Another alternative consists in making two side-by-side chambers in the seating recess 16, said chambers separately containing the activated charcoal or the like and the oxygen and CO2 adsorbent. In this case the chamber containing the oxygen adsorbent may even not be in communication with the upper area of the valve, since it has the sole function of adsorbing the oxygen and CO2.
In order to preserve the activity of the adsorbents and in particular of the oxygen adsorbent, which would degrade rapidly upon contact with air, these are suitably protected before being installed on the package, for example by means of an underlying impermeable layer. This could consist of a multi-layer laminate composed, for example, of a peel-away polyester, aluminium and polyethylene film 24, as shown schematically in FIG. 4. In this case a ribbon or tape 24 would be obtained, on which the valves are welded and this would serve as a loader for the valves on the packaging lines. The ribbon of barrier film would be detached from the valve at the time of application to the desired point of the package. Alternatively, the ribbon of barrier film can be punched onto the valve and remain welded thereto, to be perforated at the time of application of the valve to the package, thus preventing contact with the oxygen before the adsorbent begins to do its work.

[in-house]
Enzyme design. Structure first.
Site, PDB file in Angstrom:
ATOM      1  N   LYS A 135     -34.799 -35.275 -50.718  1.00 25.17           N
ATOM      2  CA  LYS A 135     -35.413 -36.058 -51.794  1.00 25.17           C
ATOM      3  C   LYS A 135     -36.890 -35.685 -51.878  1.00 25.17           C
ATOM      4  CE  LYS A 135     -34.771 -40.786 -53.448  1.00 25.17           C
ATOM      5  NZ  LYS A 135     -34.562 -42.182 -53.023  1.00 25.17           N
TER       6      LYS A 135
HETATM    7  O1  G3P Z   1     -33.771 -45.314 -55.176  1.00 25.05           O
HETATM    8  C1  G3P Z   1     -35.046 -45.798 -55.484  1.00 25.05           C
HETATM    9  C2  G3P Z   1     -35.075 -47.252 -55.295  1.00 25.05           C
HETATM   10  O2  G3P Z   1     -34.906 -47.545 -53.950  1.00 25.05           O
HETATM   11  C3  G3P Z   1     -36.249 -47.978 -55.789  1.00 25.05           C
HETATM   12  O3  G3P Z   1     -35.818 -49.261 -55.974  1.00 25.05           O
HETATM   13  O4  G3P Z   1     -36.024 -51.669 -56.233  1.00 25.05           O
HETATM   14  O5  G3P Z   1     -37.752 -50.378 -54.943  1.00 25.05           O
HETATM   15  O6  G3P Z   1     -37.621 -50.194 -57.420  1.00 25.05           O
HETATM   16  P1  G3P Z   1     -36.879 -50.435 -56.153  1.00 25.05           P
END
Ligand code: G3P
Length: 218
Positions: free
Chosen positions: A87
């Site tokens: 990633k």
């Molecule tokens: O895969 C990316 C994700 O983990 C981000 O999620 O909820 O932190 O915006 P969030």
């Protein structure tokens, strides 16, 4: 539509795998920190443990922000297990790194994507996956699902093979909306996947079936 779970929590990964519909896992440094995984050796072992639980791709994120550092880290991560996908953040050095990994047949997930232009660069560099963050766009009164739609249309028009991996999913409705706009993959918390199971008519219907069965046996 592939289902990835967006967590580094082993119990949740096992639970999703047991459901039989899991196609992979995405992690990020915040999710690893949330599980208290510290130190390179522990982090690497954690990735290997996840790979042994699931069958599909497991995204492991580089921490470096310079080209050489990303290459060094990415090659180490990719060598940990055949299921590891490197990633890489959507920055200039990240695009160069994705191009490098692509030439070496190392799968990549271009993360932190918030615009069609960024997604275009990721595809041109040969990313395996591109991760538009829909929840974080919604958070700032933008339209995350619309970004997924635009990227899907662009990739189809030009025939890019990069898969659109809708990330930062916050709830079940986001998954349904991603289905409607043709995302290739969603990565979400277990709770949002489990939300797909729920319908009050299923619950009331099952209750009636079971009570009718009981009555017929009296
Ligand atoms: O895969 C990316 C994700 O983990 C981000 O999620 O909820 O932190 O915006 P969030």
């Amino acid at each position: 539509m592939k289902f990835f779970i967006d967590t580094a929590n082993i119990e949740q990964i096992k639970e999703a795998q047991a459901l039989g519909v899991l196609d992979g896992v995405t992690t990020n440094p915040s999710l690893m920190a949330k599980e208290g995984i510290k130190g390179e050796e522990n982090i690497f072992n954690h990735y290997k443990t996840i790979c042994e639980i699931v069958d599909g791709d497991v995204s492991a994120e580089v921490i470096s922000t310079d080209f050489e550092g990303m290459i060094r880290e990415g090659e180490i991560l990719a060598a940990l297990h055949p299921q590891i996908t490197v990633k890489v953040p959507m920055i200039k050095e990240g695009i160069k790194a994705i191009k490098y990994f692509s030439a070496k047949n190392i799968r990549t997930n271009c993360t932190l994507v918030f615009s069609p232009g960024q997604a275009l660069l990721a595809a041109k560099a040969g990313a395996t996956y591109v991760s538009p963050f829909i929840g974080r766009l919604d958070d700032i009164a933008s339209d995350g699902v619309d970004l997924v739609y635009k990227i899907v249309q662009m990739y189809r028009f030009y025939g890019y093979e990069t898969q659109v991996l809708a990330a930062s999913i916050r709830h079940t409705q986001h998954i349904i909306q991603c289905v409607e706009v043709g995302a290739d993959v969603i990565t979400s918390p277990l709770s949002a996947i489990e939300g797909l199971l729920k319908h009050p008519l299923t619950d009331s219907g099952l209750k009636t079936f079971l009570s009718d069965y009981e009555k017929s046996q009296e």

With a filter thus structured, the gases given off by the coffee, before passing through the rubber diaphragm 12, are filtered through the activated charcoal 21 a, which retains the majority of them, that is the aromas, thus maintaining a higher concentration inside the package. At the same time, the oxygen and CO2 adsorbent 21 b eliminates the oxygen present in the package and maintains a suitable CO2 content, eliminating the overpressure necessary to open the valve.
The role of the CO2 adsorbent is thus to eliminate the overpressure present in the bag after the degassing procedure performed by the valve, in order to make the pressure inside and outside the package equal, eliminating bulging.
Application of the selective filter essentially acts as a barrier against the escape of volatile organic substances (aromas, fragrances, odours, etc.) from inside the container through degassing of the product. The filter component that removes the oxygen present in the package allows oxidization of the contents to be reduced, increasing the product's shelf life.
The system described above can find a use whenever it is necessary to allow gases to escape from the package, avoiding the passage of organic molecules and also reducing the oxygen and CO2 content.